My background is primarily in French literature, and my current work focuses on a Creole and French-language poet from Martinique called Monchoachi.
I often feel like I came to foreign language in reverse. I grew up in south Louisiana, surrounded by compelling, endangered and yet still enduring francophone cultures. While I had French-speaking family, it wasn’t until college that I began to take the language seriously. It was actually an interest in literature, and poetry in particular, that made me think differently about this. One key revelation for me was this feeling that poetry was not leading away from reality, encounter, and the other, but towards these things. I remember fondly, and gratefully, how this completely recast my desire to engage new languages.
In this sense, I feel like teachers of literature can play an especially vital role in the struggle to promote multilingualism. If we teach literature in a way that not only communicates knowledge, but that gives pleasure and inspires, that shares wonder, then it seems possible that something especially enduring might motivate and guide language learning. I hope, in the coming years, to both articulate this point and to better understand how it synergizes with other catalysts towards language. I’m also very grateful to Creative Multilingualism for this time to grow as a reader and teacher of poetry.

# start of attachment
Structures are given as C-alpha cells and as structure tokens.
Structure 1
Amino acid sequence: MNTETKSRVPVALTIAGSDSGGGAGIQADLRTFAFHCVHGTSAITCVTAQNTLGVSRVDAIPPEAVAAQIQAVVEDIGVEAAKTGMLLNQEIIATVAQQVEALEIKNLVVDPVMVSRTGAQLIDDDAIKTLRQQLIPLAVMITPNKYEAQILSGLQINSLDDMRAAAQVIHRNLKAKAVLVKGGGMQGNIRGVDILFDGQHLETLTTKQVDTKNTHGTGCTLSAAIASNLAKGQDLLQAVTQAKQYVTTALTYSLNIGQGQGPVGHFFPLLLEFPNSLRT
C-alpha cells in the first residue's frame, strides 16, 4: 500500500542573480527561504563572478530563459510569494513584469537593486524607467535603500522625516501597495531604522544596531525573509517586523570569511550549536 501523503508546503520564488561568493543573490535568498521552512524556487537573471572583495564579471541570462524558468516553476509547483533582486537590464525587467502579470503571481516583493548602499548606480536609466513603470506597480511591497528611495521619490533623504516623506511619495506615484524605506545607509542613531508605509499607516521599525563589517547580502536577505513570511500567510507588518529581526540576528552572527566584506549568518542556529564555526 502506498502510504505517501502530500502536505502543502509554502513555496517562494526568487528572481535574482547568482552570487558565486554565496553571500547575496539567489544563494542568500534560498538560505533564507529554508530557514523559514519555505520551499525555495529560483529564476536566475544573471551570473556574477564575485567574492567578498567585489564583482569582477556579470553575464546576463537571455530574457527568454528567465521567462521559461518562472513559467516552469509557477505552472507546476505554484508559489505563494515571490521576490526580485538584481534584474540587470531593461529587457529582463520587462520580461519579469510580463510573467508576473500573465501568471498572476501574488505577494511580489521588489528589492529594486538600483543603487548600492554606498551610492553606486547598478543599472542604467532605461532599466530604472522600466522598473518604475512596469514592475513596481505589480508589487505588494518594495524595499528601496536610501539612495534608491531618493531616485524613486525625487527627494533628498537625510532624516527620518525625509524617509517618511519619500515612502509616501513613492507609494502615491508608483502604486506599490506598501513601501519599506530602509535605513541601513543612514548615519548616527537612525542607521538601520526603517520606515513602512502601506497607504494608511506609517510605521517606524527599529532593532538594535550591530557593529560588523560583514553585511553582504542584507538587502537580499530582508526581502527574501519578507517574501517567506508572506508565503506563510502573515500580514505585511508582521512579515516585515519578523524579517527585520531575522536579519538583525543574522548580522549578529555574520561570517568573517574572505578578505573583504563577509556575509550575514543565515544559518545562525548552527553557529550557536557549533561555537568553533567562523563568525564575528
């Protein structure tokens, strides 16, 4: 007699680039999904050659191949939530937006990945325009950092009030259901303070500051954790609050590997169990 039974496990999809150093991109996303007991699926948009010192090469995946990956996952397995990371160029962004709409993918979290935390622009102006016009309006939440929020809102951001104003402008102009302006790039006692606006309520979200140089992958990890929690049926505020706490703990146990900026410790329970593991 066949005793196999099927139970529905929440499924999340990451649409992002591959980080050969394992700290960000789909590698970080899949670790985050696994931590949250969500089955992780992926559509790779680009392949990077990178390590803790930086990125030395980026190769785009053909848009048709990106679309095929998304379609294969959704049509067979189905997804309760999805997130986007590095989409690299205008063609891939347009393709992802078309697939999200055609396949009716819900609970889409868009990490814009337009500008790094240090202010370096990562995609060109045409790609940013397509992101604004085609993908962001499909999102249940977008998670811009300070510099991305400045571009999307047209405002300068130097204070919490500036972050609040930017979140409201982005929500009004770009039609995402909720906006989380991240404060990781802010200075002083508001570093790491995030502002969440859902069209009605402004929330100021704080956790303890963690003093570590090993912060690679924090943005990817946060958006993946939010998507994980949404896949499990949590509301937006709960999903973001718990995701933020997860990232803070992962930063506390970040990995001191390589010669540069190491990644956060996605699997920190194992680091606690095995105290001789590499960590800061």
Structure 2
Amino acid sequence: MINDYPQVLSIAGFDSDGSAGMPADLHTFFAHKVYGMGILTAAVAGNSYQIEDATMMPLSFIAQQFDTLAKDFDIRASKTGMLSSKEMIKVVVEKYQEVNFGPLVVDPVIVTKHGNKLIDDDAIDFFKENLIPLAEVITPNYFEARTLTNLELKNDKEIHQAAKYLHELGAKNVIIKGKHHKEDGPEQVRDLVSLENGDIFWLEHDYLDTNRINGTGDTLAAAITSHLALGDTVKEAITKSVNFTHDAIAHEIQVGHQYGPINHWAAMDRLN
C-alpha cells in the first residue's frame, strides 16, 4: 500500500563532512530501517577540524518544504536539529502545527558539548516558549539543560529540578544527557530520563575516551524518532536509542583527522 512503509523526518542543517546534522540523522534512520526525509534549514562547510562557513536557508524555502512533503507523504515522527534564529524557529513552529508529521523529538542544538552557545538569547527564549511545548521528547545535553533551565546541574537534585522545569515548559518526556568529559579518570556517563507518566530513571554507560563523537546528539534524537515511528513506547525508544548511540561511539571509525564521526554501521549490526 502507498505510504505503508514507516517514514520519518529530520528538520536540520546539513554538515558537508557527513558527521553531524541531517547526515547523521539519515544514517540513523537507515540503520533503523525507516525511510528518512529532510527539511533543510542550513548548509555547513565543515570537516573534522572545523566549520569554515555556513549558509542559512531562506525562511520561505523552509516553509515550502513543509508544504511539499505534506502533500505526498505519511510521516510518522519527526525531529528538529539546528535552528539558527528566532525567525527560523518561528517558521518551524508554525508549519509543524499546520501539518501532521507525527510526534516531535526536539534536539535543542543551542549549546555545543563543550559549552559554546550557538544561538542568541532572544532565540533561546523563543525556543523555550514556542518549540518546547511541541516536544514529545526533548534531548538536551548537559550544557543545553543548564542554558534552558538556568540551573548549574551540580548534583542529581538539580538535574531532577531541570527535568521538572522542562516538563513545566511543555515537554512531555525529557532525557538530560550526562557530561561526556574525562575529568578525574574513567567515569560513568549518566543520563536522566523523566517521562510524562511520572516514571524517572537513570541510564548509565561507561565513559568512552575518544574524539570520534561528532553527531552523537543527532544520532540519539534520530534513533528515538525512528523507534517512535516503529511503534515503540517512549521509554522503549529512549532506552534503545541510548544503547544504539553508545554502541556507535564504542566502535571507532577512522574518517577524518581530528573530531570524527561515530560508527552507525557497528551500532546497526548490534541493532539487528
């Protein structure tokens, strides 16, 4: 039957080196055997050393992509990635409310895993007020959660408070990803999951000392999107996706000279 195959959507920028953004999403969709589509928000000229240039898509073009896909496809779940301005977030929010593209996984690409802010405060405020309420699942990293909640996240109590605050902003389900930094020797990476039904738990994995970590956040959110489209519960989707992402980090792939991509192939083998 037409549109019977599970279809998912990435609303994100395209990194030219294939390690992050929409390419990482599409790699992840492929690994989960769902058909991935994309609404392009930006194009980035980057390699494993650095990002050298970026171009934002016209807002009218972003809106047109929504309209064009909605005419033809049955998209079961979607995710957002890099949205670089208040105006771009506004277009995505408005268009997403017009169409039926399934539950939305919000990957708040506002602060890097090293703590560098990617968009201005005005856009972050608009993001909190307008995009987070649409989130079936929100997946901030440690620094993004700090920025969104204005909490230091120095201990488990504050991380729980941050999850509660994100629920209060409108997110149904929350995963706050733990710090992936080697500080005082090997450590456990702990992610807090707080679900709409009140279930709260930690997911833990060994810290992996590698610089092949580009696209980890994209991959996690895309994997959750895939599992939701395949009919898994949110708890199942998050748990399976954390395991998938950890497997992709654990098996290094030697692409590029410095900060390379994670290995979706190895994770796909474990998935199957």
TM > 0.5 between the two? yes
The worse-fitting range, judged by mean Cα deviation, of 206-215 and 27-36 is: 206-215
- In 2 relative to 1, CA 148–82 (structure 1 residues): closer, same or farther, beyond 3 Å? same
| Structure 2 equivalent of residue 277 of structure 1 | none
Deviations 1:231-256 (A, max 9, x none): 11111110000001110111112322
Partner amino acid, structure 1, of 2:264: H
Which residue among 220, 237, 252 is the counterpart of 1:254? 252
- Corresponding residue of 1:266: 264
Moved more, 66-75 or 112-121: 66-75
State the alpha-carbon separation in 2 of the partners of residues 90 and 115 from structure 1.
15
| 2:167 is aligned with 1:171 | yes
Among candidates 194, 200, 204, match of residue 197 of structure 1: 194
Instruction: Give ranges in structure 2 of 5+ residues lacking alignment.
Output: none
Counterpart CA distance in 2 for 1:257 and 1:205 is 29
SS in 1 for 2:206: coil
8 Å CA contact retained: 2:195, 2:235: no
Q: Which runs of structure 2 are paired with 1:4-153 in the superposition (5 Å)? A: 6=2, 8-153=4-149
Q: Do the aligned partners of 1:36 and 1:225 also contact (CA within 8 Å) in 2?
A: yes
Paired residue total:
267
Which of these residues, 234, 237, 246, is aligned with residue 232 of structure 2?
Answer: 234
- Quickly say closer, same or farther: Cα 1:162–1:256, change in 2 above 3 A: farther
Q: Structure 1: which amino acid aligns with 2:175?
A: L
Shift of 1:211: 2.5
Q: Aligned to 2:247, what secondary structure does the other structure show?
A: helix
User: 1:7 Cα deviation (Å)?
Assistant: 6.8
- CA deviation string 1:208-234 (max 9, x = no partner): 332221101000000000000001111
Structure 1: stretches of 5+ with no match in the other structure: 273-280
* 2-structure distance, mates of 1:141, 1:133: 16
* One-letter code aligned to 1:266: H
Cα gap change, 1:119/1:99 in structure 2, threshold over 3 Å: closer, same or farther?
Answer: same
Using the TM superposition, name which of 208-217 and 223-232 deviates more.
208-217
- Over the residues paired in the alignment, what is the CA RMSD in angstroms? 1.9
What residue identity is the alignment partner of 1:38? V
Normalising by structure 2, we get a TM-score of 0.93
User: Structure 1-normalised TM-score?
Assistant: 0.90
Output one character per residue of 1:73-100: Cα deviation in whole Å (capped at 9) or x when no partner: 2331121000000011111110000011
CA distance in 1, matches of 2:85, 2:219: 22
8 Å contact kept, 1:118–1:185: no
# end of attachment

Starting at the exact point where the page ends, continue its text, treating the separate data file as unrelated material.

Before beginning the DPhil, I taught academic and creative writing for several years in New Orleans. I’ve also worked as a literary translator and have recently published work by the Lebanese poet Georges Schehadé and by Monchoachi. Often with the creative space of translation as a guide, my study at Oxford involves close work with lyrical and epic poems, as well as the comparative exploration of Creole-world poetics, a multilingual thinking and writing that reimagines how the poetic spirit might survive in our time.
From Monchoachi’s L’Espère-geste II, in Modern Poetry in Translation 18.1 (Apr 2018).
From Monchoachi’s Sosthene, in Small Axe Salon 27 (Feb 2018).
From George Schehadé’s Poésies, in Oxonian Review 36.2 (Jan 2018).
From George Schehadé’s Le Nageur d'un seul amour, in Ezra Journal 11.3 (Nov 2017).